Scientists found 35 unknown bacteria species in patient samples from hospital

Scientists found 35 unknown bacteria species in patient samples from hospital

In patient samples from the University Hospital Basel, Switzerland, researchers have uncovered more than 30 previously unknown bacterial species. A study, featured in the BMC Microbiology journal, highlights the clinical significance of some of these newly discovered bacteria, opening avenues for further research and treatment development.

Lead author Dr. Daniel Goldenberger emphasized the rarity of direct links between newly identified bacteria and their clinical relevance in past publications. The study aims to enhance understanding of pathogens affecting humans globally, ultimately facilitating more effective treatments.

Since 2014, Dr. Goldenberger and his team have gathered and analyzed patient samples, focusing on 61 unidentified bacterial pathogens from individuals with various medical conditions. Traditional sequencing methods posed challenges, leading them to adopt a newer analysis approach. Utilizing an algorithm, they compared the sequences with known strains, revealing 35 new species, with seven deemed clinically relevant and the remaining 26 labeled as “difficult to identify.”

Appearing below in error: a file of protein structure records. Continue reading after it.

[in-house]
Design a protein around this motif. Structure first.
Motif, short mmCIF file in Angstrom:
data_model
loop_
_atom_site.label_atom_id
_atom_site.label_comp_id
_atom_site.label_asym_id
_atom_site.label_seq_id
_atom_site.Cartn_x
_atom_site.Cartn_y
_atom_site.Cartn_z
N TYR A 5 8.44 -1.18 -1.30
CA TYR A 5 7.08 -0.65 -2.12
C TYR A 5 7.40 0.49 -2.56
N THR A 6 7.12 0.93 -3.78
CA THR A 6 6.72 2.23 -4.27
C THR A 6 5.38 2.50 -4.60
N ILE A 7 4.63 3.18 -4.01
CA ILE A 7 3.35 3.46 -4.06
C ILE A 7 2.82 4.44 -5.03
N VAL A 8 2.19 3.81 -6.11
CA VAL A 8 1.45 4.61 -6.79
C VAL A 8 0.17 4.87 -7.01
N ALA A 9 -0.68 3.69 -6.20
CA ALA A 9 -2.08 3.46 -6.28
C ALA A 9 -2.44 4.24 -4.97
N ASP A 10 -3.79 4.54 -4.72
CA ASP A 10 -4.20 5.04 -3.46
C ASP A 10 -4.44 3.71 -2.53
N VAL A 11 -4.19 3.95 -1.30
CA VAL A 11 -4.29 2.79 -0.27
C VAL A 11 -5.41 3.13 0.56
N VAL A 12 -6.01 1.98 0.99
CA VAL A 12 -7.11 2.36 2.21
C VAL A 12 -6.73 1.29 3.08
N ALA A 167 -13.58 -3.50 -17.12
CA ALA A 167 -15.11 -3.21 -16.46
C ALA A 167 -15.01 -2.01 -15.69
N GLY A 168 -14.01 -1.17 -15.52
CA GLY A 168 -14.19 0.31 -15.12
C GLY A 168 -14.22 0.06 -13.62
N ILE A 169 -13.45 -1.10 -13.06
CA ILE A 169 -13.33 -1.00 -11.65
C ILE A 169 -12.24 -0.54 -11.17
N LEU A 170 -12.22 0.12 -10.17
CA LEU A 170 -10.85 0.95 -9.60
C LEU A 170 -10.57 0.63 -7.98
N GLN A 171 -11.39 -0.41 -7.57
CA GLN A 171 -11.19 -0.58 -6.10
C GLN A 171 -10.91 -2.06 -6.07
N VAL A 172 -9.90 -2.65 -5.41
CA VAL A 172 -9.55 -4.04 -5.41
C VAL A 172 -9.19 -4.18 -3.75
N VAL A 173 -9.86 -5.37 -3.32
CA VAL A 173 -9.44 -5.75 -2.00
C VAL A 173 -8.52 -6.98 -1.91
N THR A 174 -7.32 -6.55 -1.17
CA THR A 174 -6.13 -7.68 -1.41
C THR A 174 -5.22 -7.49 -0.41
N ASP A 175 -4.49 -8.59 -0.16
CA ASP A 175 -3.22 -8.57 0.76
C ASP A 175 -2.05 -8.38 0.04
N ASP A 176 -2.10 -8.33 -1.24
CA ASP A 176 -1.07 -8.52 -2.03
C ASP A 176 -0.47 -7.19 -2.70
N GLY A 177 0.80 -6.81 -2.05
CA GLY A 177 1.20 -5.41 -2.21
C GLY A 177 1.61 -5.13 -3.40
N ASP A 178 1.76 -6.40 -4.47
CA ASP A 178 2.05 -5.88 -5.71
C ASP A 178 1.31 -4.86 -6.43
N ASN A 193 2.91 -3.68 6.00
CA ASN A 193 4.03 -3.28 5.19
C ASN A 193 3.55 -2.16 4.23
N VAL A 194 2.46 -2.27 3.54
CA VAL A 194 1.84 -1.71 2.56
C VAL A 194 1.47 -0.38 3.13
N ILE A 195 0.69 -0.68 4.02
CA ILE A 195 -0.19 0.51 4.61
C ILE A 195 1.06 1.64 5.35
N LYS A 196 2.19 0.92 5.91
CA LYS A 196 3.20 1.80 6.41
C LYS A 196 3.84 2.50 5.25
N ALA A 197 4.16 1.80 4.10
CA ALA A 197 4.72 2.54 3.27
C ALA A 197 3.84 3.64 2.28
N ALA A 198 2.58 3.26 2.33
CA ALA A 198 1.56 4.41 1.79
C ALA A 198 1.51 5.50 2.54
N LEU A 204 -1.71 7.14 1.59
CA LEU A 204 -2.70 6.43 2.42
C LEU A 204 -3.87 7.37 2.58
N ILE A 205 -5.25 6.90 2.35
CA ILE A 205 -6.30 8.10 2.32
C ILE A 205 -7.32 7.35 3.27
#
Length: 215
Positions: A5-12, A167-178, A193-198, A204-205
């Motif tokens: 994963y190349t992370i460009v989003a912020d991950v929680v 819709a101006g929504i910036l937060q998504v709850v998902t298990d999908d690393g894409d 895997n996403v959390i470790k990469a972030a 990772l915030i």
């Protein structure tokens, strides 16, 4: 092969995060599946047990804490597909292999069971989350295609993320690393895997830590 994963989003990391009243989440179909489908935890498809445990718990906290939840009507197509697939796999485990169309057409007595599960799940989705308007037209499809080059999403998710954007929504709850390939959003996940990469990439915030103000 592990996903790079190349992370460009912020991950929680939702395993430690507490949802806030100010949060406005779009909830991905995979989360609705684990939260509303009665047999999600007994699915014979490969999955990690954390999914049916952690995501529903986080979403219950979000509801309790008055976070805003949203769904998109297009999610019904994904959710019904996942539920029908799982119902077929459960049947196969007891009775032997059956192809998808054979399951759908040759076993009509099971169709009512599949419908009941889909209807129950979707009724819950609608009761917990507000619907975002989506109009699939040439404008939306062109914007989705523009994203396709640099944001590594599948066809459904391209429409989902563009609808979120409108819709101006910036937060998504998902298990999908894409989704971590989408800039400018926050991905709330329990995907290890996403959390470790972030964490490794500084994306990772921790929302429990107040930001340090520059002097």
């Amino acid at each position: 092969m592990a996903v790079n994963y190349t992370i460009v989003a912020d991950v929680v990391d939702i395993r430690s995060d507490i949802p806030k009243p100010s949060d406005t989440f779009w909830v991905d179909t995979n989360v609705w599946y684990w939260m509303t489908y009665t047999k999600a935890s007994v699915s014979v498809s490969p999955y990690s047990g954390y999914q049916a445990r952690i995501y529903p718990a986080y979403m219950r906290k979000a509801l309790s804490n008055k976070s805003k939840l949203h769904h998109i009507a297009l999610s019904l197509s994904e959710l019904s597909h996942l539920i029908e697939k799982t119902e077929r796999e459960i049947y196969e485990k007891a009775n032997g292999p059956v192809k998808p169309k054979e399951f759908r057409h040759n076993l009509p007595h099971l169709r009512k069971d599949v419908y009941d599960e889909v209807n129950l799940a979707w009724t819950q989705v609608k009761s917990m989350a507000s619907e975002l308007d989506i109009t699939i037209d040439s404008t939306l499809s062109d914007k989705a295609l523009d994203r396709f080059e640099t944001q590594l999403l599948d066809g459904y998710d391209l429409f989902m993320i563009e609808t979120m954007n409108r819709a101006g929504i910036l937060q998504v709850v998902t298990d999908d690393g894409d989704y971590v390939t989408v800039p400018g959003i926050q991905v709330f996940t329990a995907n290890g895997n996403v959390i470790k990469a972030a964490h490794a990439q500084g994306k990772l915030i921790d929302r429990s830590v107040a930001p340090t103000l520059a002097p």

The study highlights the prevalence of newly identified bacteria in two genera: Corynebacterium (six species) and Schaalia (five species). These genera, commonly found in the natural human skin microbiome and mucosa, are often underestimated and under-researched but can be harmful once entering the bloodstream.

Notably, the study identifies a “difficult to identify” bacterium in a dog bite wound on a patient’s thumb, potentially a novel and emerging pathogen first isolated in 2022 by a Canadian group from wounds caused by dog or cat bites.

The research team intends to continue their work by collecting and sequencing samples from patients at the University Hospital Basel, contributing to the identification of over 20 additional species. This effort aims to enhance future diagnostic and treatment approaches for infections.

The study’s conclusion emphasizes the importance of publicly available clinical and genomic data in comprehending the clinical and ecological roles of bacterial organisms. The identification of 35 novel strains, particularly seven with clinical relevance, underscores the vast array of undiscovered pathogens awaiting further definition.

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